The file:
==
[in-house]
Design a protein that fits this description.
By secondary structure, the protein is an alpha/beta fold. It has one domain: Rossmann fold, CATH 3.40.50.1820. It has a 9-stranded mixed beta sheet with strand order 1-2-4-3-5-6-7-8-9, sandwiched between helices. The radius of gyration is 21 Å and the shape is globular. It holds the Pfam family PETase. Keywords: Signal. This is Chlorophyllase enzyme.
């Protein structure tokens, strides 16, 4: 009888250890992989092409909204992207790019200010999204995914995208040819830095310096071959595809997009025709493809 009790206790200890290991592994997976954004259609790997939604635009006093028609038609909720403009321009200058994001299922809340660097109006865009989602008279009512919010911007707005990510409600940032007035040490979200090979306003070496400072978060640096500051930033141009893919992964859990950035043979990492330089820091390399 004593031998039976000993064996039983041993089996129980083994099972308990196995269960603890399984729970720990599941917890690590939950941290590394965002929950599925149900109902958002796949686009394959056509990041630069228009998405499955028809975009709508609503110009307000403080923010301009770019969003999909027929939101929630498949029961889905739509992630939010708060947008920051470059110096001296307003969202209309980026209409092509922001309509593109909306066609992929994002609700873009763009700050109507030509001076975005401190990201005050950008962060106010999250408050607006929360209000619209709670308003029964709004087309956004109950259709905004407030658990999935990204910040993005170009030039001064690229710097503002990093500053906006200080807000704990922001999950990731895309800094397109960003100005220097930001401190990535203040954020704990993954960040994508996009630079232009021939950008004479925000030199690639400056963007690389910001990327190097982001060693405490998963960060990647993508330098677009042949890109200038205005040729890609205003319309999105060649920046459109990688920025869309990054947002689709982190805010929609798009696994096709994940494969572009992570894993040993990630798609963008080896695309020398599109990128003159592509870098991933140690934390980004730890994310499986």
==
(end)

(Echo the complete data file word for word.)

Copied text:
[in-house]
Design a protein that fits this description.
By secondary structure, the protein is an alpha/beta fold. It has one domain: Rossmann fold, CATH 3.40.50.1820. It has a 9-stranded mixed beta sheet with strand order 1-2-4-3-5-6-7-8-9, sandwiched between helices. The radius of gyration is 21 Å and the shape is globular. It holds the Pfam family PETase. Keywords: Signal. This is Chlorophyllase enzyme.
């Protein structure tokens, strides 16, 4: 009888250890992989092409909204992207790019200010999204995914995208040819830095310096071959595809997009025709493809 009790206790200890290991592994997976954004259609790997939604635009006093028609038609909720403009321009200058994001299922809340660097109006865009989602008279009512919010911007707005990510409600940032007035040490979200090979306003070496400072978060640096500051930033141009893919992964859990950035043979990492330089820091390399 004593031998039976000993064996039983041993089996129980083994099972308990196995269960603890399984729970720990599941917890690590939950941290590394965002929950599925149900109902958002796949686009394959056509990041630069228009998405499955028809975009709508609503110009307000403080923010301009770019969003999909027929939101929630498949029961889905739509992630939010708060947008920051470059110096001296307003969202209309980026209409092509922001309509593109909306066609992929994002609700873009763009700050109507030509001076975005401190990201005050950008962060106010999250408050607006929360209000619209709670308003029964709004087309956004109950259709905004407030658990999935990204910040993005170009030039001064690229710097503002990093500053906006200080807000704990922001999950990731895309800094397109960003100005220097930001401190990535203040954020704990993954960040994508996009630079232009021939950008004479925000030199690639400056963007690389910001990327190097982001060693405490998963960060990647993508330098677009042949890109200038205005040729890609205003319309999105060649920046459109990688920025869309990054947002689709982190805010929609798009696994096709994940494969572009992570894993040993990630798609963008080896695309020398599109990128003159592509870098991933140690934390980004730890994310499986």